If you’re getting ready for labor and delivery, you might be thinking about how you’ll cope with the pain. Every woman has a different experience with labor and pain, so there isn't a one-size-fits-all answer.
Some women prefer non-medication options. Others opt for an epidural or another pain relief medication. No matter what you choose, you have many safe and effective options.
Relaxation and non-medication options
You have numerous ways to relax and better cope with pain during labor. First, think about who you want in the room with you. A support person or doula can offer consistent encouragement to help take your mind off the pain.
Changes to the environment around you may also help. The National Institutes of Health says things like music, aromatherapy, or simply walking around can soothe pain. Many women also find a warm shower or bath helps them relax too.
To learn more about your options, look into prenatal classes at your hospital. Find a class that will guide you through breathing techniques, meditation, and labor positions. This will help you feel more prepared. They can also teach your labor partner how to best support you.
Some common opioids used during childbirth include morphine, meperidine, and fentanyl. These medications help by reducing—but not eliminating—pain. They’re usually given to you through an injection or an IV.
Opioids can have side effects for you and your baby. And they may not be a good fit for every mom. To reduce these side effects, the American Pregnancy Association says you’ll receive small doses. Your doctor may also avoid giving these medications to you during the end stages of labor.
Epidural and spinal block
Epidurals and spinal blocks are both regional analgesics, which means they block pain in only one region of the body—below your waist. An anesthesiologist gives these to you using a needle in your lower back. Spinal blocks last a couple of hours. Epidurals provide continuous medication throughout labor.
According to the American Family Physician, epidurals are the most common method of pain relief used during labor. In general, both epidurals and spinal blocks have fewer side effects for your baby than opioids. But they do come with some risks for mom, such as lowered blood pressure and nausea. In rare cases, they can cause spinal headaches, infections, or nerve damage.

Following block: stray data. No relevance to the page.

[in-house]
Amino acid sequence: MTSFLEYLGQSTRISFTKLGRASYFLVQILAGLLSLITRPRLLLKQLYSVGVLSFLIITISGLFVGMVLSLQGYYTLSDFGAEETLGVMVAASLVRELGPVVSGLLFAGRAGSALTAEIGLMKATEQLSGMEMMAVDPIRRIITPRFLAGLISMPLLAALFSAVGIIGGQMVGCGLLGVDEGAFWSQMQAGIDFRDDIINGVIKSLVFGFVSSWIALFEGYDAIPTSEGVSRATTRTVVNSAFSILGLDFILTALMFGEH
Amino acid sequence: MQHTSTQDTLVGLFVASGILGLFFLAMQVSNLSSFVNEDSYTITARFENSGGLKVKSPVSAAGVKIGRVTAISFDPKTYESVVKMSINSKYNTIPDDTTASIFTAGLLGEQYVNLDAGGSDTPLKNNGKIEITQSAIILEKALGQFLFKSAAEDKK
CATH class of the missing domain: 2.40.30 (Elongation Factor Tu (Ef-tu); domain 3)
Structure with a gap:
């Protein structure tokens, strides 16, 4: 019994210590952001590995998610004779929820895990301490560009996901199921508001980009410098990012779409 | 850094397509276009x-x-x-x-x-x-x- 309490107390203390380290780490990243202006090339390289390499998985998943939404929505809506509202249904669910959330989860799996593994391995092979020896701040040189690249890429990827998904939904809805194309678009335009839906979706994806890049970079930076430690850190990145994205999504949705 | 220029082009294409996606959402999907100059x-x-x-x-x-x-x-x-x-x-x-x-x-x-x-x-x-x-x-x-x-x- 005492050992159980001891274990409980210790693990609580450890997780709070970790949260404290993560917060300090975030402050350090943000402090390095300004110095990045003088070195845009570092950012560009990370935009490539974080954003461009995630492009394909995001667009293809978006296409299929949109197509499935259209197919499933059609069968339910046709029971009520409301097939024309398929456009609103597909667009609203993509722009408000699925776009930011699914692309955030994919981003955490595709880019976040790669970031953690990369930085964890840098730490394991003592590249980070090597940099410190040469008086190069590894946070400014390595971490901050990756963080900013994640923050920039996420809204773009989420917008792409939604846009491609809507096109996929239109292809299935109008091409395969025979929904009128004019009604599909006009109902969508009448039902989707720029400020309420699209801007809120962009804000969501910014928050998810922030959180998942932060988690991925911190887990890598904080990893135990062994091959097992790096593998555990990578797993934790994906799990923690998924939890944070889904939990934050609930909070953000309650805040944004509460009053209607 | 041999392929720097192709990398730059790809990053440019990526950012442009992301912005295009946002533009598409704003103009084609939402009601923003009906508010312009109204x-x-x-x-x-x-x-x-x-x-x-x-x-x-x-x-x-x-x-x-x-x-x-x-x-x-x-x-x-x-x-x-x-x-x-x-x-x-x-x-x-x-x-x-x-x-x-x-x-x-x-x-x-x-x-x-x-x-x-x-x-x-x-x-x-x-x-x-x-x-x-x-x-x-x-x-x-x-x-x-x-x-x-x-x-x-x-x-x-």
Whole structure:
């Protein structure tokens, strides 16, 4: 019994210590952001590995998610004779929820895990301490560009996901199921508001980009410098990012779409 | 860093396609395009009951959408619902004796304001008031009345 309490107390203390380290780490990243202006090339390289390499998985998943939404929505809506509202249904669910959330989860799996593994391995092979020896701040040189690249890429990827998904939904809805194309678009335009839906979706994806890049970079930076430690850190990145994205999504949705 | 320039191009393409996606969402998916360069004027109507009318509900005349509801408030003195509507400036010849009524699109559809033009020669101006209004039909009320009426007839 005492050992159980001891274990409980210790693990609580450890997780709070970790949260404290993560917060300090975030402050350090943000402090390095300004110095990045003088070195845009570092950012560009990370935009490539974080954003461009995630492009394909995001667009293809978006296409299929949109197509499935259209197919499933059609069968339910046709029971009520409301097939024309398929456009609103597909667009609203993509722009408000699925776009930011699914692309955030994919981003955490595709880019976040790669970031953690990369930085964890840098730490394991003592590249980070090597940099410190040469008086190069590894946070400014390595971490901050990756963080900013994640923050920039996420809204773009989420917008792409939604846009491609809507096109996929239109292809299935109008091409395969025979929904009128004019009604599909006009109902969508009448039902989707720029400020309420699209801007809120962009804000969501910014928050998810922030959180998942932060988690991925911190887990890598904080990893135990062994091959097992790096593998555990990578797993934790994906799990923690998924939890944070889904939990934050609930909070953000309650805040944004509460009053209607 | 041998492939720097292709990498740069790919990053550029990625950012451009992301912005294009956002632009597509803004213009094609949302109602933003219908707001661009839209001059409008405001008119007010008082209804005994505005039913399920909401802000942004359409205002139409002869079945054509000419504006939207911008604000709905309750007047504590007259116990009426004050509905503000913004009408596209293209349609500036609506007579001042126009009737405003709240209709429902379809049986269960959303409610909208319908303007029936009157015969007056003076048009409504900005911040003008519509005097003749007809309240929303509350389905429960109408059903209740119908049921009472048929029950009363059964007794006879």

Some hospitals may offer nitrous oxide, commonly known as laughing gas, during labor. You inhale this gas through a mask as needed. While it doesn’t take the pain away, it does help reduce anxiety so that you can cope with painful contractions better.
Nitrous oxide can have some short-lived side effects like dizziness or nausea. But the American Society of Anesthesiologists (ASA) says it has a fairly high satisfaction rate, is easy to use, and is relatively inexpensive. According to the ASA, many moms who opt for nitrous oxide in early labor also have an epidural later.
Prepare for the unexpected
In the end, your first choice for pain relief may change when you’re actually in labor. And that’s perfectly normal. Moms who planned to use non-medication options may ultimately choose medication. Others who planned an epidural may not be able to get one due to quick labor or other factors.
That’s why it helps to learn about all of your options and prepare to be flexible. Your OB GYN can help you understand the benefits and risks of each option before it’s time to deliver. Then, when the time comes, you can focus on what’s most important: having a healthy, safe delivery.